Wildcard: Point guard play. There is some size and there are some capable players on the wing, some of which will have to slide over and provide some point guard minutes. But point guard play will remain a question until firmly answered.
• Highland Park
Why they're overlooked: When it's come to recent talk about the Central Suburban League North, both Glenbrook North and Niles North have dominated the conversation. Highland Park was a pedestrian .500 last season, both overall (15-15) and in the league (5-5), and is often the forgotten team in Lake County.
Why they're intriguing: If you want to throw around the word "underrated," go ahead and start with Highland Park. Coach Paul Harris is extremely underrated, while guard David Sachs is one of the more underrated juniors in the Chicago area. With some talented young players in the program -- keep an eye on 6-3 junior Jordan Krawitz and junior guard Luke Norcia -- and the shelf life may be a little longer than just 2013-2014. But the Giants will play this winter out as that dangerous, under-the-radar team.
The wildcard: Keep an eye on Hallvard Lundevall, a versatile 6-3 forward who has improved and provides the Giants some of the little things any team may lack.
Why they're overlooked: In the grand scheme of things, when it comes to Chicago area basketball lately, teams out of the Mid-Suburban League have been overlooked rather easily. Last season there wasn't a single MSL West team that won a regional.
Why they're intriguing: There is experience, size and depth for a team that won 19 games a year ago. Ben Carlson, a 6-6 senior, is vastly overlooked by the masses, 6-4 guard Riley Glassman is a stat sheet stuffer headed to Cornell, and 6-5 Matt Ochoa is a blue-collar workhorse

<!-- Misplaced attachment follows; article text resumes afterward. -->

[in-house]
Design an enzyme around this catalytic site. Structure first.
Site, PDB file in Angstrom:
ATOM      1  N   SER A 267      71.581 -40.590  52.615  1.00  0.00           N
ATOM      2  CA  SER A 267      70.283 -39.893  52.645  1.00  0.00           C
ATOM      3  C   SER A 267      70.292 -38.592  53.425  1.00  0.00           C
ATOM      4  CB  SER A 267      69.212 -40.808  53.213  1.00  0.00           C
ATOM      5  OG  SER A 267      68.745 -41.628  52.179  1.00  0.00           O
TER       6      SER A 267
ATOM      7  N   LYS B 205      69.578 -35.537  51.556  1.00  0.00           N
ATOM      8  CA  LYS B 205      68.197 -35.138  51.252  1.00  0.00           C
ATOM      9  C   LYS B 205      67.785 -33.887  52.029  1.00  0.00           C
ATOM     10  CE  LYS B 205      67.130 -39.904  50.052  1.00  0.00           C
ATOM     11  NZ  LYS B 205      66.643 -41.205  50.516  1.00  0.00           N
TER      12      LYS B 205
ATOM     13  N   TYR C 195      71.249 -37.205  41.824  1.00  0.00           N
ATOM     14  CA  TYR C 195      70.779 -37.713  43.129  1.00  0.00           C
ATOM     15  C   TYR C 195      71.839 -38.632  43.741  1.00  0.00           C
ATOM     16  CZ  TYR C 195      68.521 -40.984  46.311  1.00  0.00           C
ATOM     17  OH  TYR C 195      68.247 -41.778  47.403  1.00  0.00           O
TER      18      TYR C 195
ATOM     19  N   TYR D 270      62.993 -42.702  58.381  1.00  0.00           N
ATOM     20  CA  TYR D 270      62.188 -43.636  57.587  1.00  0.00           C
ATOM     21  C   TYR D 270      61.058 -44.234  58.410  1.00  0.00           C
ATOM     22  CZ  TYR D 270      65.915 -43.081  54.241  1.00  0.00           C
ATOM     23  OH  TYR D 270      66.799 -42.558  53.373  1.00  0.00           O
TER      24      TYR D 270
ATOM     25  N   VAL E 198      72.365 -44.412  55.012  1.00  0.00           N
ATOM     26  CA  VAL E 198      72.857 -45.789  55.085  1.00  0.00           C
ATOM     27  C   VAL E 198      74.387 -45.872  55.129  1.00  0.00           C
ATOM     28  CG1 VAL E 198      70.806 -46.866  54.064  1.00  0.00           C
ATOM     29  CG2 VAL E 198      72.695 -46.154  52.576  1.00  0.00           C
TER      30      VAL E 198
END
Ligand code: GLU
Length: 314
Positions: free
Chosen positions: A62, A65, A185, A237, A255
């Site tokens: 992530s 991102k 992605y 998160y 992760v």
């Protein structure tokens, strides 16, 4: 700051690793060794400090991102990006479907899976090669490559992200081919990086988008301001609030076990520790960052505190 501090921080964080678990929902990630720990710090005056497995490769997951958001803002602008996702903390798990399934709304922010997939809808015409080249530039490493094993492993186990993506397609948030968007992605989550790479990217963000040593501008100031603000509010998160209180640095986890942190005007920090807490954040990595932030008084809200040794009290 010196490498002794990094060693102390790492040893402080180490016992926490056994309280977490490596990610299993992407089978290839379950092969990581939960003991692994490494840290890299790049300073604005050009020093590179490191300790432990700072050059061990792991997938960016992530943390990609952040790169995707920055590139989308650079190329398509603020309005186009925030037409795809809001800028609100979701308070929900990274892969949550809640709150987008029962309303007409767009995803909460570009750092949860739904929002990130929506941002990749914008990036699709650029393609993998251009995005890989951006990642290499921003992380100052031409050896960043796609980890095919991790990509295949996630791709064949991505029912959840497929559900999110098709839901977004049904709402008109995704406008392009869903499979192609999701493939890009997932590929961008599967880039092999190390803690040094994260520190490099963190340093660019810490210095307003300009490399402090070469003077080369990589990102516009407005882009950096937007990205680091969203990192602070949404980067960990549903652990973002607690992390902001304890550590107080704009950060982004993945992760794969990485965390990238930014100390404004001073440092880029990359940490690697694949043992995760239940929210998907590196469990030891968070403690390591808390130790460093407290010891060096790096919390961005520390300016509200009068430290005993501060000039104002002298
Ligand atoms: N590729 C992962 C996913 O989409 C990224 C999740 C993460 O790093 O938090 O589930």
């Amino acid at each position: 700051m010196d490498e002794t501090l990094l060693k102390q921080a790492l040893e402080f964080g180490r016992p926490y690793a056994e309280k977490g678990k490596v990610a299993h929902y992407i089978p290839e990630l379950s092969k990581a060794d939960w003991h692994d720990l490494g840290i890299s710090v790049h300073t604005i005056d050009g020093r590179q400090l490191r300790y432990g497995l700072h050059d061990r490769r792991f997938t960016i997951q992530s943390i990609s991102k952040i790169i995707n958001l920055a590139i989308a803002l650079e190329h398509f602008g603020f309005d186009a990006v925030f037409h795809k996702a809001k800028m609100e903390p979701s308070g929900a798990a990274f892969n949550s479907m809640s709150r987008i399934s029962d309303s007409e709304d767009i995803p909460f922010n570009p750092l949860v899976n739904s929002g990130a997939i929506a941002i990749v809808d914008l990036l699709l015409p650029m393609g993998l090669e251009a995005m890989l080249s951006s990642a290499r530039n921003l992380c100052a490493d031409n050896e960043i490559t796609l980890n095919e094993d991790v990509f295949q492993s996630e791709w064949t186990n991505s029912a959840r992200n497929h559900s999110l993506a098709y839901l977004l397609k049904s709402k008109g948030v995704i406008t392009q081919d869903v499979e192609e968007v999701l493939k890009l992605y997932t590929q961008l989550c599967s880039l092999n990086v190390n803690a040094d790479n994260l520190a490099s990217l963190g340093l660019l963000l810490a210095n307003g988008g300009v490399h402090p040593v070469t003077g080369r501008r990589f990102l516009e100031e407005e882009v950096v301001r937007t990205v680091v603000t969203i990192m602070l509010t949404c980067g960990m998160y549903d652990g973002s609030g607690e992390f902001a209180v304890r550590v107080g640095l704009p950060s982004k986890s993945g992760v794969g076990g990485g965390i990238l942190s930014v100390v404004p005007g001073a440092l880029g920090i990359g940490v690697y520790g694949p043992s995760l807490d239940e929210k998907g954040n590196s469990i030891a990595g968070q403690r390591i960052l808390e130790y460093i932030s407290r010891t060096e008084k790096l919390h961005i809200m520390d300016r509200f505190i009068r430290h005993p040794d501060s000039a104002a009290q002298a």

The wildcard: Pat Benka. The 6-6 sophomore Pat Benka is a young, budding talent who brings skill, size and versatility. If his progression continues on the fast-track, Fremd will be tough to beat in the MSL and a threat in March.
• Glenbard North
Why they're overlooked: There are a number of reasons. After a dream season in 2002 that, stunningly, landed this program in the Elite Eight in Peoria, it's been 11 years of bouncing between below .500 and mediocrity. This is a football and wrestling school, right? And when it comes to Glenbards and basketball, it's been Glenbard East that's provided headlines over the past decade.
Why they're intriguing: Everyone is projecting West Aurora and Naperville Central to battle for the top spot in the DuPage Valley, but Glenbard North is a sleeper. The Panthers have four returning starters, led by leading scorer Chip Flanigan, and pieces from last year's bench that gained valuable experience.
Wildcard: One of the best-kept secrets in the western suburbs is Flanigan, a 6-5 forward who has become even more versatile than the player that averaged 17.5 points, 5.5 rebounds and over 3 assists a game as a junior. He had a terrific summer, has become a more consistent shooter and might be the biggest difference-maker in the DVC this season.
• St. Charles East
Why they're overlooked: First, everyone is talking about Larkin in the Upstate Eight Conference. Second, even though he missed half the season a year ago, any program that loses a Big Ten recruit like Kendall Stephens is bound to take a step or two back, right?
Why they're intriguing: Led by senior point guard Dom Adduci, a tough, scoring point guard, the Saints have several experienced pieces -- junior point guard Cole Gentry, athletic 6-5 senior A.J. Washington, improving 6-7 senior Dave Mason (when he gets back from his football injury) and up-and-coming 6-4 sophomore guard James McQuillan -- that should make this team very dangerous.